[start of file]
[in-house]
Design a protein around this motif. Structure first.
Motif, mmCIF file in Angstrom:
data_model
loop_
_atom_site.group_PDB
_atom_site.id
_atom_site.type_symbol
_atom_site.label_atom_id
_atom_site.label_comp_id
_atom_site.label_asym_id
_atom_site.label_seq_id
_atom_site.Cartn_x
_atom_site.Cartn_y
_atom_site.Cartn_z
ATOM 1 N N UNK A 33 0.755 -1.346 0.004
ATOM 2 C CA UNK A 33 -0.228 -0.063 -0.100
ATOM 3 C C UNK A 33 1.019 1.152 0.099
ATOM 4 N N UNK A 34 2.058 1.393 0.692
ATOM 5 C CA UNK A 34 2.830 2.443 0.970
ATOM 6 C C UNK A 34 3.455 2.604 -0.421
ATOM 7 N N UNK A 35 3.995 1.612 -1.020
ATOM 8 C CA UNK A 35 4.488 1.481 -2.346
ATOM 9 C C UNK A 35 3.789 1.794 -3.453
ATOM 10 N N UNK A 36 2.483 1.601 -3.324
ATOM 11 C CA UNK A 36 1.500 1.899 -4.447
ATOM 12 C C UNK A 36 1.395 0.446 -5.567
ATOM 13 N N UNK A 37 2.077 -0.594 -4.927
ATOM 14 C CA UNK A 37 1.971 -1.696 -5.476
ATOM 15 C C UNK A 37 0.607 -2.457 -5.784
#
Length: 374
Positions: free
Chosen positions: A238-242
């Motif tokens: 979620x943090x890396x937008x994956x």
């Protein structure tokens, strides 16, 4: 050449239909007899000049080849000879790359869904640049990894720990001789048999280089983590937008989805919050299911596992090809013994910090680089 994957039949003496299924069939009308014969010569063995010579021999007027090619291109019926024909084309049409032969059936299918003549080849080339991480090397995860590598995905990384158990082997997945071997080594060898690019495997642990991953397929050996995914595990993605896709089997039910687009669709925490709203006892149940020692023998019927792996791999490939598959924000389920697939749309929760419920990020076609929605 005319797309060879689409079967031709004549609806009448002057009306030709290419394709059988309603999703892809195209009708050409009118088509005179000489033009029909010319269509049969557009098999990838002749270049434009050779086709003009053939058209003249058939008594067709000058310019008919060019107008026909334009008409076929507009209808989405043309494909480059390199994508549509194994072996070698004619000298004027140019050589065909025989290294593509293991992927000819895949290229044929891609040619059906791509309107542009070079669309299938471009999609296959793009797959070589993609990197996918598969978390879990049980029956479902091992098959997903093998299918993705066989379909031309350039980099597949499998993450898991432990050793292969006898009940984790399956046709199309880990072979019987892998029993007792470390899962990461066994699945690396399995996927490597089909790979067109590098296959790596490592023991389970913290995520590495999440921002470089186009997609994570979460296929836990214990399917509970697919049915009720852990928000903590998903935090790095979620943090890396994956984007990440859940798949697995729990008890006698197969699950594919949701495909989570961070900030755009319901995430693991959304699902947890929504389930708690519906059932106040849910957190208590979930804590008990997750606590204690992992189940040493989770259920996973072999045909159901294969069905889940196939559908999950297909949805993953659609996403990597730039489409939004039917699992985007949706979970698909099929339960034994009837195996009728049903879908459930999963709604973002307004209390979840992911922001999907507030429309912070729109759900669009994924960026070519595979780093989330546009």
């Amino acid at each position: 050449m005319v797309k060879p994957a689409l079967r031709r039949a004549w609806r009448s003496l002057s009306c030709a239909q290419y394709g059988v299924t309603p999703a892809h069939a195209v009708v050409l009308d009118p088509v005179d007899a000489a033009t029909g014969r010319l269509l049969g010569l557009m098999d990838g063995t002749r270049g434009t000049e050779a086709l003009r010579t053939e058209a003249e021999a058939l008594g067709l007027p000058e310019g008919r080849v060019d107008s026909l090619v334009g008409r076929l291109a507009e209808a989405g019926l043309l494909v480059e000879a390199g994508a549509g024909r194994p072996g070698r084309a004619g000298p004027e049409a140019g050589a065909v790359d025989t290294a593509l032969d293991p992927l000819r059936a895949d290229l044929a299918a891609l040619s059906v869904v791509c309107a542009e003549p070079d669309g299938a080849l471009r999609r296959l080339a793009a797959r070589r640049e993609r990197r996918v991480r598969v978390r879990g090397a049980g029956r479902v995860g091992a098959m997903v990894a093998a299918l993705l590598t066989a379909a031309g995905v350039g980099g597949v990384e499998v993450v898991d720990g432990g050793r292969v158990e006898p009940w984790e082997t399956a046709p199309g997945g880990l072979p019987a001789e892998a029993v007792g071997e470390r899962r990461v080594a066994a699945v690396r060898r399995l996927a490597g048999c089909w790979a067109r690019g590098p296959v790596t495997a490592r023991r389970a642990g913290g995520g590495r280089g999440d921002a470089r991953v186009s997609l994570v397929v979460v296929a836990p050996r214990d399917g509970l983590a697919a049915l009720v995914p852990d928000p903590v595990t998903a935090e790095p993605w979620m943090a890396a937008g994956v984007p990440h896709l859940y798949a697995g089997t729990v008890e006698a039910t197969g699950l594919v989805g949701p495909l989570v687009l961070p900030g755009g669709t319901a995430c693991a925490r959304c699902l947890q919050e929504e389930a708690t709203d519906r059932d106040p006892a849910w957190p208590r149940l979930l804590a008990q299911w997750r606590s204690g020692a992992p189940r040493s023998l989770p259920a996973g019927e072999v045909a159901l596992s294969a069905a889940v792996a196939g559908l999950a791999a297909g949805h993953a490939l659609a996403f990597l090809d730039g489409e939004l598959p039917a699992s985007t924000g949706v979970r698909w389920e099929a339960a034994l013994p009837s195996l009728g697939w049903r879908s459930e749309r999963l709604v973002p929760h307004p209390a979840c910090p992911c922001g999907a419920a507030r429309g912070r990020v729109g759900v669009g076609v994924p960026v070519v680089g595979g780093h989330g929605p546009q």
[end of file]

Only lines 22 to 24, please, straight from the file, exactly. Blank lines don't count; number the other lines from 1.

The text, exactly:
ATOM 7 N N UNK A 35 3.995 1.612 -1.020
ATOM 8 C CA UNK A 35 4.488 1.481 -2.346
ATOM 9 C C UNK A 35 3.789 1.794 -3.453